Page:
LAST week Newcastle City Council authorised the paperwork to finalise the restructure of Newcastle Airport.
This approval has set a clear path for the future of the airport.
The airport is jointly owned by Newcastle and Port Stephens councils.
The councils agreed to change its funding structure in 2012.
Newcastle and Port Stephens councils are each 50 per cent shareholders and Newcastle Airport relies on them for funding.
This restructure will give the airport more autonomy in how it is funded, allowing it to enter into independent finance arrangements, which means it can take out a loan on its own.
The councils will not need to borrow money on the airport's behalf, which will have a positive impact on their bottom lines.
It will allow the airport to repay about $12 million borrowed from the councils.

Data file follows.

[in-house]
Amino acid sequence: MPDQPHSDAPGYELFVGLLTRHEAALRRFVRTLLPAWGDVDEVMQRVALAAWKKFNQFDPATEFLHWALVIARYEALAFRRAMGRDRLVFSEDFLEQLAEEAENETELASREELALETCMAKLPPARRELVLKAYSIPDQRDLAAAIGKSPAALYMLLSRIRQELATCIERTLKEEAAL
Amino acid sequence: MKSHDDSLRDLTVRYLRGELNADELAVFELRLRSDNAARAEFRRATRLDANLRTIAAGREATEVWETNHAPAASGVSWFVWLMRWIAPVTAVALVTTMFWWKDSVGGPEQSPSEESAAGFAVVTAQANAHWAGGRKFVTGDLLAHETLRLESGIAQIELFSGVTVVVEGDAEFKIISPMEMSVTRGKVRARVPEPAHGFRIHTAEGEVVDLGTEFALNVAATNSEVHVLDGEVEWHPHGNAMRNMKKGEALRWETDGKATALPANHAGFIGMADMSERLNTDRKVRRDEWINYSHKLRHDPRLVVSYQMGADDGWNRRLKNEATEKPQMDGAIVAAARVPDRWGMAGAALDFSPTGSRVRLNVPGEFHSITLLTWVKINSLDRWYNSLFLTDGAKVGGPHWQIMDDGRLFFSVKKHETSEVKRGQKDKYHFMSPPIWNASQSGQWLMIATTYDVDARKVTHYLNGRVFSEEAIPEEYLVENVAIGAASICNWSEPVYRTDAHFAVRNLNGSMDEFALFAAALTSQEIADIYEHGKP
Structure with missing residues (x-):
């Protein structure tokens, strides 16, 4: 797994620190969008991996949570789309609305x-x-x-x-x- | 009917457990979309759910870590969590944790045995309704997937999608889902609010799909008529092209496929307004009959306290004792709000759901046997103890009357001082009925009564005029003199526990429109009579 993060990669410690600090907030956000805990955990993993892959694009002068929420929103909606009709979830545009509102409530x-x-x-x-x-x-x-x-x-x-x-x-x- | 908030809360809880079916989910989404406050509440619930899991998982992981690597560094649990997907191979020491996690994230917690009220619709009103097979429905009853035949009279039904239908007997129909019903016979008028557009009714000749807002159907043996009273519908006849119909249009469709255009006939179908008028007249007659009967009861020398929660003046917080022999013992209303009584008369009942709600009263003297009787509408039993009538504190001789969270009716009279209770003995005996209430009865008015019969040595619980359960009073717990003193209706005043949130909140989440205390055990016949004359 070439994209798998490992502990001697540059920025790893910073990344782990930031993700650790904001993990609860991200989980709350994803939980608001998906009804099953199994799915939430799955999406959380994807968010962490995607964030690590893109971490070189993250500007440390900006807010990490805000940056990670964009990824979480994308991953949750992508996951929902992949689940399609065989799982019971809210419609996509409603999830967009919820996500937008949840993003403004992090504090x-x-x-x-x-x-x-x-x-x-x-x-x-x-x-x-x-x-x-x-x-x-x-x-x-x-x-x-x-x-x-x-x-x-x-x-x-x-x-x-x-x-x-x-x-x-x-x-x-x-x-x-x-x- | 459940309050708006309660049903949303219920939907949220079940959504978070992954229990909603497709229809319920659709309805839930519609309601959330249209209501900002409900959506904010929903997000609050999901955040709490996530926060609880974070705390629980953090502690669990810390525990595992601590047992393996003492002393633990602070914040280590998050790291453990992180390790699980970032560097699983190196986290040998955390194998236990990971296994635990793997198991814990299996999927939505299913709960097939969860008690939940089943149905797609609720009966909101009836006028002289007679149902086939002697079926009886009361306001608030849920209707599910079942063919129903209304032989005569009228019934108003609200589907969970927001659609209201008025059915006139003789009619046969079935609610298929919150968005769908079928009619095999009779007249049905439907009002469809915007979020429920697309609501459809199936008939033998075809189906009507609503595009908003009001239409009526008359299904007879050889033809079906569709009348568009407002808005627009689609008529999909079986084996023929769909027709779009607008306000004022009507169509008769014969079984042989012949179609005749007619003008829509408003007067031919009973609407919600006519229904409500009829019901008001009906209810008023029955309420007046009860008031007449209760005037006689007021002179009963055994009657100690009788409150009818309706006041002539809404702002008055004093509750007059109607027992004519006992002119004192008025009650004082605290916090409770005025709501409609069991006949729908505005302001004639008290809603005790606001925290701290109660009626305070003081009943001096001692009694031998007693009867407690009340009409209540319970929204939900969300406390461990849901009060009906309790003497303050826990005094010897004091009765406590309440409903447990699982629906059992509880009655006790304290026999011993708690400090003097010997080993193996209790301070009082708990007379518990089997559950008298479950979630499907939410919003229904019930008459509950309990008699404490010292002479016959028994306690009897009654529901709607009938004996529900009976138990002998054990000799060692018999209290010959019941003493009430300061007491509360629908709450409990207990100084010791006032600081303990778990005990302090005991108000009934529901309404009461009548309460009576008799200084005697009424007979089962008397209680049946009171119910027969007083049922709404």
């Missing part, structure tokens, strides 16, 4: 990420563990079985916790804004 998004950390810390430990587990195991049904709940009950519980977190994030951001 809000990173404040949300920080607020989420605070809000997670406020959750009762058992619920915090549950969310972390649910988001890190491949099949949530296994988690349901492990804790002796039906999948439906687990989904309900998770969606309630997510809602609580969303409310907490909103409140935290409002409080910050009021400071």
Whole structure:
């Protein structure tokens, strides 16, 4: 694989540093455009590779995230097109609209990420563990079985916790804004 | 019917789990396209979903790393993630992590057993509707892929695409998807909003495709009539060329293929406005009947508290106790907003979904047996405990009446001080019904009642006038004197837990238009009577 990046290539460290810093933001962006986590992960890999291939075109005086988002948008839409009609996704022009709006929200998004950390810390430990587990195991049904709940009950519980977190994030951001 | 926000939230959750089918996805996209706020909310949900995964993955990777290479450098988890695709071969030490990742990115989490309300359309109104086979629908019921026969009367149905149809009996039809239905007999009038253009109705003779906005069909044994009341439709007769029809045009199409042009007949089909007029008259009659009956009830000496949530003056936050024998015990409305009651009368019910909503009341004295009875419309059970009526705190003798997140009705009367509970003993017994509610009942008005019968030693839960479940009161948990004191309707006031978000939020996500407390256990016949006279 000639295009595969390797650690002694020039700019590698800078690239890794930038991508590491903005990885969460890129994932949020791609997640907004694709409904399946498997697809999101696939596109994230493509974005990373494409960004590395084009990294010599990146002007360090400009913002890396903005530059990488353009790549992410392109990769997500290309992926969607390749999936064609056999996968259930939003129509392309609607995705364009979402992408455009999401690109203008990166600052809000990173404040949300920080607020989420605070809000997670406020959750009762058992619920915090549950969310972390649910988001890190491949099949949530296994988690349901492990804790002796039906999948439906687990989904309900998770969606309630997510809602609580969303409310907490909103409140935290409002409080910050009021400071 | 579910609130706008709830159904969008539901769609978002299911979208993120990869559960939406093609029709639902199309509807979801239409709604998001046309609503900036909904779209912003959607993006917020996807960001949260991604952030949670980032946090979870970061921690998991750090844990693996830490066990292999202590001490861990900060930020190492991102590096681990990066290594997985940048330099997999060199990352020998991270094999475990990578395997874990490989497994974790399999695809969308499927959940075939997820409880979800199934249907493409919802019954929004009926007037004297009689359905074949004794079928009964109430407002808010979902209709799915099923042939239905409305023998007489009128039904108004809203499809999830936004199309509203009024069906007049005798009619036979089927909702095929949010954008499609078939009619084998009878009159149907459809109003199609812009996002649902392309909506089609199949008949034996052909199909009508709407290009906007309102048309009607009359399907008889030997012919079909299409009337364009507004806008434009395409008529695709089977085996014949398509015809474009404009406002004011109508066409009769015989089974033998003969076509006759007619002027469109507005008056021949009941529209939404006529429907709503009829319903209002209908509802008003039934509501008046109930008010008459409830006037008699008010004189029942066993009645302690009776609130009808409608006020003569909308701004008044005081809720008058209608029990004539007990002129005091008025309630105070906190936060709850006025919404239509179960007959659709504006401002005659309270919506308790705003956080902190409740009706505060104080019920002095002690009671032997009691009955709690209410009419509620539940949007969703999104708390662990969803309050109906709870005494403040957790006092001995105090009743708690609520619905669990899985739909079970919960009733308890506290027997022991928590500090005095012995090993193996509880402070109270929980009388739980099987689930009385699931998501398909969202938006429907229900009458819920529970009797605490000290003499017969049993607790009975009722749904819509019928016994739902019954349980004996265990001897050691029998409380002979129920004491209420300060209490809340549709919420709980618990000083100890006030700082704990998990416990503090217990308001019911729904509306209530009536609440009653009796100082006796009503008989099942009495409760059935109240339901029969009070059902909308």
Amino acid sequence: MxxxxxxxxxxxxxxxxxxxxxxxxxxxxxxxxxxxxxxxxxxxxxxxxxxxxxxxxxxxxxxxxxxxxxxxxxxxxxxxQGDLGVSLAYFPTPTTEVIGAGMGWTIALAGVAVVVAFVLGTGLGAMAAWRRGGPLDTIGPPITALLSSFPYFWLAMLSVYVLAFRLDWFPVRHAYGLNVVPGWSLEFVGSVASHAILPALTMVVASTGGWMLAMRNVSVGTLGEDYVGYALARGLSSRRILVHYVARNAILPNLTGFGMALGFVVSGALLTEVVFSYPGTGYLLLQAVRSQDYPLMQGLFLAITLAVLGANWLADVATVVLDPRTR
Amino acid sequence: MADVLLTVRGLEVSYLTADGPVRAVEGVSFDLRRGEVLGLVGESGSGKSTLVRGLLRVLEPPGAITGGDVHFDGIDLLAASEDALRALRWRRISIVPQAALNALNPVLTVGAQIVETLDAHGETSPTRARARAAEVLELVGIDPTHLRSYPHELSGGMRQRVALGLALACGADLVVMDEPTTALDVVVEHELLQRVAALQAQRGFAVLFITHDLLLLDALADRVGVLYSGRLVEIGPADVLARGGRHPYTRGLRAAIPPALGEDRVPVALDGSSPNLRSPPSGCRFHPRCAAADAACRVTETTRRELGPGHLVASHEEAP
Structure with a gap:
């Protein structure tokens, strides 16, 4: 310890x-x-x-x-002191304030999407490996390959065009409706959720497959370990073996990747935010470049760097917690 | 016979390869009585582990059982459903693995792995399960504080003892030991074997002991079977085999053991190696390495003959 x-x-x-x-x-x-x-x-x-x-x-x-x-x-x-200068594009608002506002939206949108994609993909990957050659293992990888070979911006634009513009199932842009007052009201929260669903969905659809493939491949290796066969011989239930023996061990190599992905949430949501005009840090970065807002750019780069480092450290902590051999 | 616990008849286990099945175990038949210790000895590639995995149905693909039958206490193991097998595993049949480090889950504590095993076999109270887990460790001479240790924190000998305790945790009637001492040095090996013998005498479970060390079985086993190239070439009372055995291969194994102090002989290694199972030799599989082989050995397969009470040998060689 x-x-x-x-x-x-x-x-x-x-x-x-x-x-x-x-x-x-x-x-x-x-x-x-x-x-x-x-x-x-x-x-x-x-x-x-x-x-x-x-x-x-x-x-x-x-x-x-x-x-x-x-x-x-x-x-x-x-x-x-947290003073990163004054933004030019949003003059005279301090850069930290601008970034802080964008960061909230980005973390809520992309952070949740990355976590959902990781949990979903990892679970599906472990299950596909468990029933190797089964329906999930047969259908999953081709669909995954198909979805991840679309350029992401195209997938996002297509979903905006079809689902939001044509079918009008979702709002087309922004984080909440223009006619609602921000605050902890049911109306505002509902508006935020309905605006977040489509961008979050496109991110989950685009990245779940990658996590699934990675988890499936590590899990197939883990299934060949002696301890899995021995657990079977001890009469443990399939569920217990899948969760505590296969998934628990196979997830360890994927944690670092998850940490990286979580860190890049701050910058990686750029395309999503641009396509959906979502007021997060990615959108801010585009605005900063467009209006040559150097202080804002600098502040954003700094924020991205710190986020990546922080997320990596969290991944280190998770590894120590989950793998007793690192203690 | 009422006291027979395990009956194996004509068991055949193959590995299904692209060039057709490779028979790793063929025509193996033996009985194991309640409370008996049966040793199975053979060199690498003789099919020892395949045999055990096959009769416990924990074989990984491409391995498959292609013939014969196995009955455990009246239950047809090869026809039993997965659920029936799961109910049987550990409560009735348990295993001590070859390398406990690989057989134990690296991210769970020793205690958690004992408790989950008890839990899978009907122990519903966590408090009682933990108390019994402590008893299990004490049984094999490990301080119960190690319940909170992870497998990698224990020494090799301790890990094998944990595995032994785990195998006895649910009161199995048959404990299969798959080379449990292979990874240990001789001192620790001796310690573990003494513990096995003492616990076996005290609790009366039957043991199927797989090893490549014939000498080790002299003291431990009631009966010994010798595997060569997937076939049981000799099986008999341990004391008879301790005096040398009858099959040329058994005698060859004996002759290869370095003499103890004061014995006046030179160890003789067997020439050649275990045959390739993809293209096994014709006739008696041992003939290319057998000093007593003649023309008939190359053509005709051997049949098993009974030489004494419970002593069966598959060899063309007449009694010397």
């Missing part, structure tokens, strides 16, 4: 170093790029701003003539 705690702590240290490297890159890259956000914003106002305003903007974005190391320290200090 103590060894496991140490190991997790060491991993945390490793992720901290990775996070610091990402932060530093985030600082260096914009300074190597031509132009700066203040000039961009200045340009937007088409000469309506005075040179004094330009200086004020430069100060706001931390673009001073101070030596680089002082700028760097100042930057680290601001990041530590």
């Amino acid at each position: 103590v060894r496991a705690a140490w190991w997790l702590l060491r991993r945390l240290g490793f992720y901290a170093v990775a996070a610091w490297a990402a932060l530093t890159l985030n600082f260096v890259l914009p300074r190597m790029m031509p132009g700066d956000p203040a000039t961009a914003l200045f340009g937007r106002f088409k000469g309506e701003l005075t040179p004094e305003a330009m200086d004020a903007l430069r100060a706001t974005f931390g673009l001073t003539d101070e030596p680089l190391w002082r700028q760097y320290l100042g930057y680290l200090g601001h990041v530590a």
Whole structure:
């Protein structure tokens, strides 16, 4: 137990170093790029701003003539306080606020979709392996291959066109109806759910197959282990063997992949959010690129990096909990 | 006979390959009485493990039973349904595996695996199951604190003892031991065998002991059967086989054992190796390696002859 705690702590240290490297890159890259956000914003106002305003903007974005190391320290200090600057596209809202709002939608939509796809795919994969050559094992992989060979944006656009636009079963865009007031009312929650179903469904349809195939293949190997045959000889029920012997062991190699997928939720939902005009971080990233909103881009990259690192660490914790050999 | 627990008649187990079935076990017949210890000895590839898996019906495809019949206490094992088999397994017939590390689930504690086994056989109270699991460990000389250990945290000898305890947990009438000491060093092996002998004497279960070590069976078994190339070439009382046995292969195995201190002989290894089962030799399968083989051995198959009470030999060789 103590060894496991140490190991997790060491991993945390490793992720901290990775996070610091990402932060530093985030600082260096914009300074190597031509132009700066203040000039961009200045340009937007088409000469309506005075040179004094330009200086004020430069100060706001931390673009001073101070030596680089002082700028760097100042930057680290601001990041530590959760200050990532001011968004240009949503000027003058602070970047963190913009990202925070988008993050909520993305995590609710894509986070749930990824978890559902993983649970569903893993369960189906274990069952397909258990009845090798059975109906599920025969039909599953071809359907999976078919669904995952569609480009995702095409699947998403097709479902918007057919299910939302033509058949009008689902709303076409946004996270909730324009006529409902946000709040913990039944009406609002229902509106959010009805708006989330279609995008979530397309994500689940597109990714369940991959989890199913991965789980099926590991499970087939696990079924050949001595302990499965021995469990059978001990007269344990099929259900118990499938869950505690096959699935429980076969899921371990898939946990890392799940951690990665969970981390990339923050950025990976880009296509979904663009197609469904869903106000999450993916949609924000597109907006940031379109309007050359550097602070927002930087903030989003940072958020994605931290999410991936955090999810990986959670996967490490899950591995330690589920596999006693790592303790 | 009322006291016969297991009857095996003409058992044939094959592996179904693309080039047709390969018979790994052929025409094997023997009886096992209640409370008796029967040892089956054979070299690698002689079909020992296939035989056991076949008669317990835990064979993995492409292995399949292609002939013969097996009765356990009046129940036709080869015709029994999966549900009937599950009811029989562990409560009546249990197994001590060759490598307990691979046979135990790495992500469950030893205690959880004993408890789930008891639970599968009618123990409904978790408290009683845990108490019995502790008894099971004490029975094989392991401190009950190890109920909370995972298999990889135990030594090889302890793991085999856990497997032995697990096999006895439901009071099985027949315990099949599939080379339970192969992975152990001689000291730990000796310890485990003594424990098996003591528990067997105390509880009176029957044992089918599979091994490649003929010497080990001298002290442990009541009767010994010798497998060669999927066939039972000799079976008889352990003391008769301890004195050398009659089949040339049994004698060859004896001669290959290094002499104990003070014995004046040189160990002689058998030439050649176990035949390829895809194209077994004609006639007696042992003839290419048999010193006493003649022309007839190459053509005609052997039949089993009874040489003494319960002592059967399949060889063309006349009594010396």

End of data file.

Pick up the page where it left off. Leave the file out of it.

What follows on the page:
The shareholder councils will also receive a dividend.
At the moment, any operating surplus must be reinvested into the airport, but once the restructure is complete the councils will be entitled to a dividend forecast at $36 million over the next 14 years.
The other significant change is that third party equity can be sought, meaning a shareholding of up to 49 per cent could be sold as long as both councils retain an equal majority holding.
I wrote earlier this year about Newcastle becoming an alternative gateway for air travel in NSW.
This is a great step forward in securing our airport's future.